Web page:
The Challenge

Day 1 | $0 paid | $90,717 till freedom

Insanity!
I graduated from Harvard Business School with my MBA and $95k of student loans ($101k including accumulated interest) in 2009 at the age of 26. After graduation, I started a job with a modest income (relative to my banking and consulting peers) in the tech industry of Austin.

Since graduation, I’ve made 21 monthly loan payments at $1,057 each. After paying $22k towards my $101k of loans, the balance stands at $90,717.

That’s absurd. The math indicates that I’ll pay $42k in interest if I go to term (10 and 15 years) with the various loans.

Thanks, but I’ll pass. Enough is enough. I’ll do everything in my power–short of lying, cheating, and stealing–to pay down this debt in the next ten months.

I don’t have a huge stockpile of cash, my 12-month salary after tax is less than the principal of my loans, and the ten-month timeline is completely arbitrary. So, quite frankly, I have no idea how or if I’m going to pull this off.

From this blog, you can expect an account of my adventures as I cut costs and look for supplemental income in an attempt to pay down this enormous debt weighing down my balance sheet.

Today is 8-29-11 and the target completion date is 6-29-12.

Will I be successful? Does it even matter? After all, “It’s not the destination in life, it’s the journey that matters.”

Liability #1: $65k

Liability #2: $25k

Liability #3: $5k

Here We Go
I graduated with my MBA from Harvard Business in the middle of the Great Recession: May 2009. I had a truly fantastic experience, and am grateful that I went. I learned a lot and made a lot of friends. I have no regrets.

I was lucky to land a job at a Fortune 50 tech firm in Austin as a pricing analyst. (I’m now a product line manager.)

Thank God I found a decent job in the doldrums of the recession–I had borrowed $95k to  fund that education, and that was after Harvard gave me a fellowship of $54k. (All I had to do was write two thank you notes to the trustee to get that particular award. I had been a superivsor in factory prior to enrolling, so they knew I wouldn’t turn down a hand-out.) Once the interest I accumulated on the loans over the two years that I attended school was capitalized, I owed just over $101k. It is a veritable loan cocktail: a mix of Federal loans (Stafford/Ford, Grad PLUS, Perkins) and private (CitiAssist and a subsidized HBS loan).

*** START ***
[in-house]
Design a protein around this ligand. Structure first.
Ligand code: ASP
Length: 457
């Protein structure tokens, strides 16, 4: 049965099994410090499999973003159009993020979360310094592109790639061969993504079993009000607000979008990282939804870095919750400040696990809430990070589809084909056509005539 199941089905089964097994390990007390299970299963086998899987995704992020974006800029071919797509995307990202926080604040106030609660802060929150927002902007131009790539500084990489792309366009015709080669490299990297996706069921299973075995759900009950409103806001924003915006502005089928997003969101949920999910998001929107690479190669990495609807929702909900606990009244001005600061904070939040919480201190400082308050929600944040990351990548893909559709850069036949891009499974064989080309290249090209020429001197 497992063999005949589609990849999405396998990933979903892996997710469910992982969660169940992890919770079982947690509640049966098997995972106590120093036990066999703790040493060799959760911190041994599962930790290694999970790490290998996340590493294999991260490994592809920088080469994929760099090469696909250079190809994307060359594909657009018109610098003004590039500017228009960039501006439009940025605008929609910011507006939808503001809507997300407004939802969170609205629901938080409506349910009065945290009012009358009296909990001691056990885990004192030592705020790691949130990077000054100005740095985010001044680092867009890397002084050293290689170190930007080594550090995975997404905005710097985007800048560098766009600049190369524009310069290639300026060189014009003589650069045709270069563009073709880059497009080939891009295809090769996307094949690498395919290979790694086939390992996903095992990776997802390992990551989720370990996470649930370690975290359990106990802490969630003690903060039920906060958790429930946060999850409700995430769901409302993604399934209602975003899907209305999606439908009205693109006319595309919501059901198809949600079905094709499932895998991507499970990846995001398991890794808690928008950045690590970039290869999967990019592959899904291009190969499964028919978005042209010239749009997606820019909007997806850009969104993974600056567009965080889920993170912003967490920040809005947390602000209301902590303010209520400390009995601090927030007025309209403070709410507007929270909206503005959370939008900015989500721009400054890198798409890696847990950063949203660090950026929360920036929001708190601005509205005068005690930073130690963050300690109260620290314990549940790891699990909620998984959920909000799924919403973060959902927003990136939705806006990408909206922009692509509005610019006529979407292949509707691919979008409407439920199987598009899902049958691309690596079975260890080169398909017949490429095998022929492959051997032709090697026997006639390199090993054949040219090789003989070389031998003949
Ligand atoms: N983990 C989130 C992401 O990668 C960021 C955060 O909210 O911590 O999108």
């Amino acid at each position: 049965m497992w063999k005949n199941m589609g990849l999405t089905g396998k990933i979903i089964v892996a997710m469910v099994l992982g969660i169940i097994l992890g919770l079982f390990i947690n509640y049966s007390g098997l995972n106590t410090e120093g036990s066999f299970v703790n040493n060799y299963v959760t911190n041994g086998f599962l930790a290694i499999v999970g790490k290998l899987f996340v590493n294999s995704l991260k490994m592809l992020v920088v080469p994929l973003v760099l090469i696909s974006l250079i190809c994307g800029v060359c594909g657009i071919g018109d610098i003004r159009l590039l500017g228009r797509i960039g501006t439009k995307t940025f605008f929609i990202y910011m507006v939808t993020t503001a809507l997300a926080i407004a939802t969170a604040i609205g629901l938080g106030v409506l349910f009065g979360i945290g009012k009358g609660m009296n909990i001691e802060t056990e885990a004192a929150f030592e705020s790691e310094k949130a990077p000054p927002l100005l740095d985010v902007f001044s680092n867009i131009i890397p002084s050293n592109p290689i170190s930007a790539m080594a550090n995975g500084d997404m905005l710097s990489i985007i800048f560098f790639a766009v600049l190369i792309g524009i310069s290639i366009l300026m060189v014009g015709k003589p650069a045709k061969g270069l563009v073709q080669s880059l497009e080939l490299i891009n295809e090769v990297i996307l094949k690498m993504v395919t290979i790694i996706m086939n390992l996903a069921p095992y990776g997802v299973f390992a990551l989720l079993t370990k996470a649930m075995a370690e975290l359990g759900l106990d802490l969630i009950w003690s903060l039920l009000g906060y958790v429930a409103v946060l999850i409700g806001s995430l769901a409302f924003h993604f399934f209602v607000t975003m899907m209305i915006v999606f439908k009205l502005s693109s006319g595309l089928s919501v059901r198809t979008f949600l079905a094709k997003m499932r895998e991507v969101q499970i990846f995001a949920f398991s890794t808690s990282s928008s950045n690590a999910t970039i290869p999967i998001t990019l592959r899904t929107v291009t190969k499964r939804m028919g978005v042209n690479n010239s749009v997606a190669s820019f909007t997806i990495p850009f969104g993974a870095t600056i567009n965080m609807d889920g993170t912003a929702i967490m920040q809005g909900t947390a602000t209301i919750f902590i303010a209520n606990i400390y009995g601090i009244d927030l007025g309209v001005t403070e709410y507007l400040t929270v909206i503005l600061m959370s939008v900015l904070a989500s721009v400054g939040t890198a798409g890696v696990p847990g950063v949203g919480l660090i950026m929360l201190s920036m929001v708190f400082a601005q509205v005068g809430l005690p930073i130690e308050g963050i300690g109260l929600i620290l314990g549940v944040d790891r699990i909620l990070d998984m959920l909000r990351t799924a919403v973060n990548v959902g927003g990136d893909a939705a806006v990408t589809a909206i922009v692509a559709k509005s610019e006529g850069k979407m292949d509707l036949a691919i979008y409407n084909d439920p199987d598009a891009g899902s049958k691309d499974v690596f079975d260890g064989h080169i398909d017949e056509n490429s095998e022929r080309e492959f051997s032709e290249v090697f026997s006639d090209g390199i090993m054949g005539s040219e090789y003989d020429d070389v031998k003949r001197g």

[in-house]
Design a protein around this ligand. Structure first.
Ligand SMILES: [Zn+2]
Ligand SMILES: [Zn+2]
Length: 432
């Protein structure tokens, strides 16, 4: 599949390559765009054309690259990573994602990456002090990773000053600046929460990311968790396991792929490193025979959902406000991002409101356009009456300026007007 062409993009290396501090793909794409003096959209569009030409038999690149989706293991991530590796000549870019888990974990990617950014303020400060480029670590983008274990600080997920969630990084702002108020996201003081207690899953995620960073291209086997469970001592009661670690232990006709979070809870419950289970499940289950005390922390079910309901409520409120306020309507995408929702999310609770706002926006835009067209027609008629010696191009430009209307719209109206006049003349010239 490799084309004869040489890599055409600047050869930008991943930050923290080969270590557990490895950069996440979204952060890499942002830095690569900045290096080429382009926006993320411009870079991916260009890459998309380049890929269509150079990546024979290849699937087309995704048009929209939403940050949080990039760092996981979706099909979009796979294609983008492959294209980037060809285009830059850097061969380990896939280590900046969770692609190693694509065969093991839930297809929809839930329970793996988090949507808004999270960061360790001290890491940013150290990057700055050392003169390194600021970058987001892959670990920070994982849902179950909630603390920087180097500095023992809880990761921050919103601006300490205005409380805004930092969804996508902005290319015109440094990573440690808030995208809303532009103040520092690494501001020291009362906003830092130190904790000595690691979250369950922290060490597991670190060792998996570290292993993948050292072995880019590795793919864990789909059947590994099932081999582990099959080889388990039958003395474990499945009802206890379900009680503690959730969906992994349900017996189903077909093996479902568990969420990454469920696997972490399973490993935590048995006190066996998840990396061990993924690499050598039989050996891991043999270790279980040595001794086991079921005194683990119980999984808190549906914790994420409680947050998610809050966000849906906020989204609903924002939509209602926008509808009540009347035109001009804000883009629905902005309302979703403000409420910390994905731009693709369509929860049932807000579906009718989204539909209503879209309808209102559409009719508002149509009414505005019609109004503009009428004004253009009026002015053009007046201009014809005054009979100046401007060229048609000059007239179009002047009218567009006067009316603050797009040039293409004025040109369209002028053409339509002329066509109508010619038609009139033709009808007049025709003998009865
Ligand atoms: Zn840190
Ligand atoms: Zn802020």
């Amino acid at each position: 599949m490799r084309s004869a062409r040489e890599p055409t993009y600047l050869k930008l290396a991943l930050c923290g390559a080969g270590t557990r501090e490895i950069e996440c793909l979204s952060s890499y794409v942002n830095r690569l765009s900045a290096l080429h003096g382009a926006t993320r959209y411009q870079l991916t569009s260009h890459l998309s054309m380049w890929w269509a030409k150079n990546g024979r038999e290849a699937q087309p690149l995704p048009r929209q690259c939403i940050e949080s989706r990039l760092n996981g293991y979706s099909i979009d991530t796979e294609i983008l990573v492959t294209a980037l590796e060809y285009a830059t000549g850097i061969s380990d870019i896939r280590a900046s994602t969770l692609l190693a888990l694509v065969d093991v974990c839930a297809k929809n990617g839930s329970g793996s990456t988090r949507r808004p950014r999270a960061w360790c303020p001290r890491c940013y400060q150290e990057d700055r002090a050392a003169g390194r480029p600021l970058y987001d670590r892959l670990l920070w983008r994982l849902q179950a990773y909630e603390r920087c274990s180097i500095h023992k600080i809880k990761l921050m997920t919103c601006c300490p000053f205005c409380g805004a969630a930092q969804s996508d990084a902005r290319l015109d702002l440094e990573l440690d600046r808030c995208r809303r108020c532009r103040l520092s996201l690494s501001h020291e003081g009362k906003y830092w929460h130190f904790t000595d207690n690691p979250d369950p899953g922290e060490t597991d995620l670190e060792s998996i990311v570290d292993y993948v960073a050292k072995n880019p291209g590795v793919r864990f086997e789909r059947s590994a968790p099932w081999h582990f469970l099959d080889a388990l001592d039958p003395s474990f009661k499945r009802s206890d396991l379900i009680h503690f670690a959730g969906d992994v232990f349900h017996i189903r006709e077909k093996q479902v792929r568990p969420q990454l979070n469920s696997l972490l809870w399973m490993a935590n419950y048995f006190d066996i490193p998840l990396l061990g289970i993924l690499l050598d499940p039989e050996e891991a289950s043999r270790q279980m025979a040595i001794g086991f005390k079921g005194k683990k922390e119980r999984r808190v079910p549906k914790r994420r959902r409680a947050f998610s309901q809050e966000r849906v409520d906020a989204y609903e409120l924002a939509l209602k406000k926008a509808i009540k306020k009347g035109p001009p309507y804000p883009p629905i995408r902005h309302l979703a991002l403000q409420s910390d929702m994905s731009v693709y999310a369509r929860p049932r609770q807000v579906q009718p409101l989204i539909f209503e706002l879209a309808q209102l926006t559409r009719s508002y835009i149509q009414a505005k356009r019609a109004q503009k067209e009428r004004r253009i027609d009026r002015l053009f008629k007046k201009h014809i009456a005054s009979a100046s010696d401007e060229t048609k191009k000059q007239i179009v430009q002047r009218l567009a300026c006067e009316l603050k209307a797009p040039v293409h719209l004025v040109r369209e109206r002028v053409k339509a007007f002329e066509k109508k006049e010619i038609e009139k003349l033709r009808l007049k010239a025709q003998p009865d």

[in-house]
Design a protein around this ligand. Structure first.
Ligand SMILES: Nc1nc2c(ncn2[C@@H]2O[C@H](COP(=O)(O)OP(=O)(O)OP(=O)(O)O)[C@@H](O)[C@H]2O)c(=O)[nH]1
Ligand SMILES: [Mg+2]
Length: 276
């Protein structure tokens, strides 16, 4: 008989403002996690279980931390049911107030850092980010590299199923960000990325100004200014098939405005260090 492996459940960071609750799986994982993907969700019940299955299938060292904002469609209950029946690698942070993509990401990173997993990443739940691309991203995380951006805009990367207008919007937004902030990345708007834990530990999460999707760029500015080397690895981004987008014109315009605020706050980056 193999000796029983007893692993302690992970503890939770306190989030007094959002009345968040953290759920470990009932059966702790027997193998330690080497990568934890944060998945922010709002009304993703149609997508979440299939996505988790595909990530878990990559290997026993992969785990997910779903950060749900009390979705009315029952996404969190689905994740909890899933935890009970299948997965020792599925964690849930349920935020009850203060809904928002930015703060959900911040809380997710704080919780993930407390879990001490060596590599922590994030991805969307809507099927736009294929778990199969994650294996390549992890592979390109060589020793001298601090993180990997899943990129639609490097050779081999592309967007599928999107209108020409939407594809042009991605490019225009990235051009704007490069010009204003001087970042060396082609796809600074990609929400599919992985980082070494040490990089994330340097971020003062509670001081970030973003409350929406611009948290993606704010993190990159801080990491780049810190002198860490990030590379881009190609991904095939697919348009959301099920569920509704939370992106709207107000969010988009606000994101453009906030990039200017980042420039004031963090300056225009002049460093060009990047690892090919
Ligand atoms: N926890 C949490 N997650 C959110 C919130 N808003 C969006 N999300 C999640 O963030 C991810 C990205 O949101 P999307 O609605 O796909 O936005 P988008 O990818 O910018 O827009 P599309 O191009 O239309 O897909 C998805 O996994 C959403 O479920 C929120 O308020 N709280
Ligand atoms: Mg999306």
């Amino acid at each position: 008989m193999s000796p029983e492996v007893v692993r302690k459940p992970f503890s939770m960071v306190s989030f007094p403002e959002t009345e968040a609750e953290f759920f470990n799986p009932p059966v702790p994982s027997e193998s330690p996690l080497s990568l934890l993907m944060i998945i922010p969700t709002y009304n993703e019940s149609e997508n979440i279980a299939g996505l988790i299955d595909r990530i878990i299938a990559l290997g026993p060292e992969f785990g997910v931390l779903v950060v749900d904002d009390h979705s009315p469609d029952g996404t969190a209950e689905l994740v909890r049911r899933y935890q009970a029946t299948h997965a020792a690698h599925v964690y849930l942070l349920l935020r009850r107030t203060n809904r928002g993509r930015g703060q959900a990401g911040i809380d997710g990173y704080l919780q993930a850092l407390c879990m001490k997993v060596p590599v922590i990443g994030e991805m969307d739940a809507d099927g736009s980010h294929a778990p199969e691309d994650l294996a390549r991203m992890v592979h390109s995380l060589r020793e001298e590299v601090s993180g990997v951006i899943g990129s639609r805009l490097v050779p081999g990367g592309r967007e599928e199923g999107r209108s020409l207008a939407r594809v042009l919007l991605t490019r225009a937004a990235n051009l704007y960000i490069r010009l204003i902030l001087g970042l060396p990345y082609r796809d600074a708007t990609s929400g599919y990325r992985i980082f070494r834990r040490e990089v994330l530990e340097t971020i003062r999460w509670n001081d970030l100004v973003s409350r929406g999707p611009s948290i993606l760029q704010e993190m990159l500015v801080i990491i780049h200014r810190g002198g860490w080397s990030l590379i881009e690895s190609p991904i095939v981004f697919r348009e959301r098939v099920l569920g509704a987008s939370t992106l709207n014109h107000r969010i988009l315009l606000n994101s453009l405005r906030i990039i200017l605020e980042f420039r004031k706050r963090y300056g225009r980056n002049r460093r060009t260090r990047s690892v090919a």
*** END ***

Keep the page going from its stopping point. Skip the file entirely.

I had a six-month grace period after graduating, and made my first loan payment during the same week as Christmas in December 2009. The monthly payment is $1,057, which can actually pay the rent on a decent-sized, brand-new apartment in the middle of downtown Austin.

My thoughts at the time: Merry Christmas! Bah humbug!

Yesteryday–21 months after that first payment–I logged on to a couple of sites to review my various loan principals. What started at $101k has been worked down to $90k. And then it hit me:  I don’t want to be paying these notes until I’m 41 years old. In fact, I don’t want to be paying them when I’m 30. It’s not that I can’t afford the $1,057/month–I’ve budgeted for it, and I live accordingly.  It’s just that I don’t want to pay the $42k in associated interest–when all is said and done, I’ll have paid $137k at my current payment rate–and I don’t want this drag on my paycheck for the next 15 years.

Unfortunately, I don’t have any get-rich-quick schemes. I don’t have a killer business idea, I don’t gamble, I don’t play the lottery, and I didn’t interview for banking or consulting roles that would have made short work of that $101k. I enjoy my tech job and living in Austin, and I’m doing exactly what I wanted to be doing when I graduated from HBS two years ago.

It’s worth mentioning that I’m not insanely talented at anything, so I can’t sing and dance my way out of this, either. And Peace Corps can only defer loans and forgive 10% of a Stafford loan. Trust me, I checked.

That being said, there are only two ways I am going to be able to pay down this $90k in 10 months:

  1. Cut costs
  2. Increase revenue

The “cut costs” part will not be easy, as I already live fairly frugally…for the most part. My biggest expense–after the mortgage on my home–is entertainment (including travel). The past four months, I have averaged around $1,300/month in entertainment dollars. That is a little less than my mortgage+property tax+insurance, which is $1,440/month. So the entertainment side of my life is roughly equivalent to my mortgage. What  can I say? I like to party. That will need to change.